MANATEE COUNTY -- The Southern United States Trade Association is accepting applications to help companies promote food and agriculture products internationally.
SUSTA, through the federal Market Access Program, reimburses companies up to 50 percent of export promotional costs - such as product advertising in foreign markets, exhibiting at international trade shows and adapting product labels for foreign laws -- to help them compete in global markets. Last year, companies enrolled in SUSTA's programs exported more than $41 million in American food and agriculture with help from the funding and assistance.
"Demand for American food and agriculture is rising sharply around the world, particularly among growing middle classes that recognize our products for their quality and safety," said SUSTA executive director Jerry Hingle. "We're always thrilled to see small businesses tap new export markets that otherwise are unreachable without the assistance we offer."
The Market Access Program is administered by the U.S. Department of Agriculture's Foreign Agricultural Service. SUSTA directs money to small- and medium-sized companies based in the southern United States.
"Funding is limited so we encourage companies that want to take advantage of this program over the coming year to get their applications in early," said deputy director Bernadette Wiltz. "The process is very easy and we gladly walk applicants through it all."
To be eligible, companies must be considered small, according to U.S. Small Business Administration standards, have yearly sales of at least $100,000 and promote a brand-name product that is of at least 50 percent U.S. agricultural origin..
Companies can complete a pre-qualification form on SUSTA website susta.org. Additional information is available by calling 504-568-5986.
Grants help health workers get better jobs
CareerEdge Funders Collaborative has awarded five grants totaling $205,210 to help Sarasota and Manatee health care providers train workers for higher-skilled, better-paying positions this year.
The employers receiving CareerEdge grants to partially offset training costs are Blake Medical Center, Manatee Memorial Hospital, Life Care Center of Sarasota, Pines of Sarasota Foundation and Venice Regional Medical Center. The investments will help train 464 local health care workers. Four providers previously received funding from CareerEdge, now in its third year of health care training grants.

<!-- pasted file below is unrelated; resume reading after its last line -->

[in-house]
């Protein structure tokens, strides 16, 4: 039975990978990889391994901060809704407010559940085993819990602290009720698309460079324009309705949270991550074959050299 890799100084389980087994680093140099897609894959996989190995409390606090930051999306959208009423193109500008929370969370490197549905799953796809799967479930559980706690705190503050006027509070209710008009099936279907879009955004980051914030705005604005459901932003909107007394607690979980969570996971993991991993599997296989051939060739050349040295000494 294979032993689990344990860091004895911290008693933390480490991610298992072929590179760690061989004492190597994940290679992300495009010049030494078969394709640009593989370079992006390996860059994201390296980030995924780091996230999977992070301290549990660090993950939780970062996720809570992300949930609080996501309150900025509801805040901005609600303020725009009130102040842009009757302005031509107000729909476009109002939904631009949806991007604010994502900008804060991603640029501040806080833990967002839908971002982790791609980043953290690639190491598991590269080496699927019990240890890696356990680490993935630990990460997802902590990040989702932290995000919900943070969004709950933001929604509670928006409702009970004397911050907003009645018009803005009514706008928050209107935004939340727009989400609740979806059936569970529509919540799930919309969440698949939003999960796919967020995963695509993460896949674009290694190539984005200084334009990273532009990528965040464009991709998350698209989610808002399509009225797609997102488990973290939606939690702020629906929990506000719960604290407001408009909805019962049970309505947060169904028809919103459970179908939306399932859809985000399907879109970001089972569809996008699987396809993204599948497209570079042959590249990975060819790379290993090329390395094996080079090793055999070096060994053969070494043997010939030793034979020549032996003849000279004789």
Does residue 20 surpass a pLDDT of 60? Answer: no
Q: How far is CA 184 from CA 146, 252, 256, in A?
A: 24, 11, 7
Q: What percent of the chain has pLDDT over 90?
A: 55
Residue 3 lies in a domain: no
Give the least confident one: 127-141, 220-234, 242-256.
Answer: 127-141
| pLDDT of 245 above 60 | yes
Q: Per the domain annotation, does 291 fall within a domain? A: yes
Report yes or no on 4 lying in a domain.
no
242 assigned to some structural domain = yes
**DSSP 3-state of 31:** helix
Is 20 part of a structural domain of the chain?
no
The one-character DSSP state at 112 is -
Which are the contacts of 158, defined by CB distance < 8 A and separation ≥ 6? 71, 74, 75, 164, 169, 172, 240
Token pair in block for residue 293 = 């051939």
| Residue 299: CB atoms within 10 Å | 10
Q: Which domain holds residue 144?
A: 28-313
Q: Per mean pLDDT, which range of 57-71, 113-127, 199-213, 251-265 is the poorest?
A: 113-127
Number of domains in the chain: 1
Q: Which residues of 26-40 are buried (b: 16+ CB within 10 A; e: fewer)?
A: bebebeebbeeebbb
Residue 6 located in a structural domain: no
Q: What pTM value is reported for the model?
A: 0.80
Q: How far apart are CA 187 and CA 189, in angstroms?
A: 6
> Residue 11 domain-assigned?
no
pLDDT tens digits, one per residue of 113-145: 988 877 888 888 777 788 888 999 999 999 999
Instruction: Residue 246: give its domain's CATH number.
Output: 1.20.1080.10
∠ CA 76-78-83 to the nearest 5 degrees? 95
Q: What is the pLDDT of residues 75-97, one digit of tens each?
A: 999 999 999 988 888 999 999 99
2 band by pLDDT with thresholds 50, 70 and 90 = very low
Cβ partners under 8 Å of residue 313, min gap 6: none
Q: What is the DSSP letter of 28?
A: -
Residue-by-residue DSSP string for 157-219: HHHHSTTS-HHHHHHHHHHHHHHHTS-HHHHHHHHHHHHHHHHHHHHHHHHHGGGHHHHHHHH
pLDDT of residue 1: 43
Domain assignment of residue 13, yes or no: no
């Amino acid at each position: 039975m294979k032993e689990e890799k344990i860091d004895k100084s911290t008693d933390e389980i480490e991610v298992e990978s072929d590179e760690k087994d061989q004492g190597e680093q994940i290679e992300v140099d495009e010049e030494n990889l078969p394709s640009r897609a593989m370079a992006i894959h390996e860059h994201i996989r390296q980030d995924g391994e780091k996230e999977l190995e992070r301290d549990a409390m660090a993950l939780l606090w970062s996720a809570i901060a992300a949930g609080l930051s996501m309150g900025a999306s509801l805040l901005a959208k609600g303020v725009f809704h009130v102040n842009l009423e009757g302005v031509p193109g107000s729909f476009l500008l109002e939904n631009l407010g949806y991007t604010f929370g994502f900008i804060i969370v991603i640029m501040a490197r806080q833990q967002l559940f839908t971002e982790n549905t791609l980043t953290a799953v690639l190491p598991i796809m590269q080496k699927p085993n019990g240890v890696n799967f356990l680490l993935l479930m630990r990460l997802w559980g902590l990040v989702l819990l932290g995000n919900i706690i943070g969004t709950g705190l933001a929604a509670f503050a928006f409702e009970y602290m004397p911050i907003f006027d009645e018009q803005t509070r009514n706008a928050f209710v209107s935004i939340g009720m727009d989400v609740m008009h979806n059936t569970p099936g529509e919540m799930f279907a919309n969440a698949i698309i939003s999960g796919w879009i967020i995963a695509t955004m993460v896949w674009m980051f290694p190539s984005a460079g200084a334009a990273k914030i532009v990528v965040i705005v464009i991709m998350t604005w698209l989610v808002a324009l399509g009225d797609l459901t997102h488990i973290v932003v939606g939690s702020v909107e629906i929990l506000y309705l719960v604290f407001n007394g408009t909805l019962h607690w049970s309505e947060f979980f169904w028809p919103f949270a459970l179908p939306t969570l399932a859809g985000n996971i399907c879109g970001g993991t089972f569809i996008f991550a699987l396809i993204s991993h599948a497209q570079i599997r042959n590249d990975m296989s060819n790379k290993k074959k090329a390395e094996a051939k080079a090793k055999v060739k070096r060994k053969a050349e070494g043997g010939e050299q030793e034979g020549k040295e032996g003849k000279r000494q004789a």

The five employers have committed more than $1.28 million of their own funds toward training workers in partnership with CareerEdge. Based on CareerEdge's funding model, health care grantees have assumed an increasingly larger percentage of training costs in successive years as they reap the benefits of investing in their work forces.
"These employers' significant contributions show the value they have seen in making work force investment a priority," said Mark Pritchett, senior vice president of Gulf Coast Community Foundation and co-chair of CareerEdge. "Their employees are more skilled and compensated accordingly, morale is improved, patient satisfaction is higher and we think that leads to increased quality of care overall for the region."
Gulf Coast Community Foundation acts as the fiscal agent for CareerEdge.
CareerEdge is expanding its impact on the region's health care sector by leading a bicounty working group focused on health care-specific work force issues. The Sarasota Manatee Healthcare Collaborative has been meeting since January with more than 30 employers and educators participating.
"We provide an open forum to share and learn best practices, discuss challenges and arrive at solutions together," said Veronica Lequeux, vice president of human resources at Blake Medical Center and chair of the Sarasota Manatee Healthcare Collaborative.
Jennifer Carp, assistant director of CareerEdge, said working with the Sarasota Manatee Healthcare Collaborative will enable CareerEdge to widen its scope of services and help make the region's health care sector more competitive. CareerEdge intends to invest in trainings and other initiatives through the consortium, said Carp.
St. Armands house sells for $4.25 million
SARASOTA -- A waterfront estate on St. Armands Key sold today for $4.25 million -- the highest-priced sale of a single family home on St. Armands Key since 2007.
The 6,123-square-foot home was under contract after only 81 days on the market. It was sold to buyers represented by Kathleen Callender of Michael Saunders & Co.
Michael Saunders said buyers are actively pursuing luxury homes in the area once again.
The home was designed by Sarasota architect Clifford Scholtz. Surrounded by ivy-covered walls and a double-gated entry, the estate property features five bedrooms, gourmet kitchen, den, workout room, bayside pool and spa and a three-car garage.
Concession finalizes builders partnership
EAST MANATEE -- The Concession has finalized partnerships with several builders for its luxury residential community next to The Concession Golf Club. The builders include: Anchor Builders, Arthur Rutenburg Homes, Holiday Group, John Cannon Homes Inc, John Neal Homes and Lee Wetherington Homes.
The partnerships are part of The Concession's approach to build relationships with prospective buyers and provide another level of service and choice in their high-end market. Each builder has committed to build a new model home by the end of 2013.
Arthur Rutenburg Homes has a new model open seven days a week at The Concession.
"Each of these builders have demonstrated exceptional quality and customer service and are a great fit for The Concession clientele." said Kevin Daves, president of Core Development, the developer of The Concession and The Ritz Carlton Sarasota. "These partnerships allow us to connect with more buyers and offer additional design choices."
-- Herald staff reports